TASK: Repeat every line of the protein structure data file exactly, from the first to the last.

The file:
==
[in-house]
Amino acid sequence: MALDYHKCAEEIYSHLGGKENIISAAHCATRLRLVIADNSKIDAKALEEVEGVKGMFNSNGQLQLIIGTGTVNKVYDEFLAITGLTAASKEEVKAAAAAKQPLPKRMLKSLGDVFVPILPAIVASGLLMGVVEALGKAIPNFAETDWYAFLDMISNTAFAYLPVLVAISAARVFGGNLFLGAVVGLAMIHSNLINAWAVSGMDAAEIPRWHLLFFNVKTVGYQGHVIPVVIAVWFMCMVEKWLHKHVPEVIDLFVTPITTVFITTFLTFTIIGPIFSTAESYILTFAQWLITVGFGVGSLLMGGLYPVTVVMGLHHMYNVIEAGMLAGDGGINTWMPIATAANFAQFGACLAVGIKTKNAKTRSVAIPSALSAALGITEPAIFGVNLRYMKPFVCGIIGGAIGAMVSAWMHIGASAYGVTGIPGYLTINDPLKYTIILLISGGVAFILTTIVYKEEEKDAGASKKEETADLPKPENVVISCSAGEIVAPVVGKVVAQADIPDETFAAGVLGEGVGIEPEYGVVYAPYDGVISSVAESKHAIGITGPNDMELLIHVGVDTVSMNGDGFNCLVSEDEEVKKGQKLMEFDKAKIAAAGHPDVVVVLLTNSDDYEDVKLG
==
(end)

[in-house]
Amino acid sequence: MALDYHKCAEEIYSHLGGKENIISAAHCATRLRLVIADNSKIDAKALEEVEGVKGMFNSNGQLQLIIGTGTVNKVYDEFLAITGLTAASKEEVKAAAAAKQPLPKRMLKSLGDVFVPILPAIVASGLLMGVVEALGKAIPNFAETDWYAFLDMISNTAFAYLPVLVAISAARVFGGNLFLGAVVGLAMIHSNLINAWAVSGMDAAEIPRWHLLFFNVKTVGYQGHVIPVVIAVWFMCMVEKWLHKHVPEVIDLFVTPITTVFITTFLTFTIIGPIFSTAESYILTFAQWLITVGFGVGSLLMGGLYPVTVVMGLHHMYNVIEAGMLAGDGGINTWMPIATAANFAQFGACLAVGIKTKNAKTRSVAIPSALSAALGITEPAIFGVNLRYMKPFVCGIIGGAIGAMVSAWMHIGASAYGVTGIPGYLTINDPLKYTIILLISGGVAFILTTIVYKEEEKDAGASKKEETADLPKPENVVISCSAGEIVAPVVGKVVAQADIPDETFAAGVLGEGVGIEPEYGVVYAPYDGVISSVAESKHAIGITGPNDMELLIHVGVDTVSMNGDGFNCLVSEDEEVKKGQKLMEFDKAKIAAAGHPDVVVVLLTNSDDYEDVKLG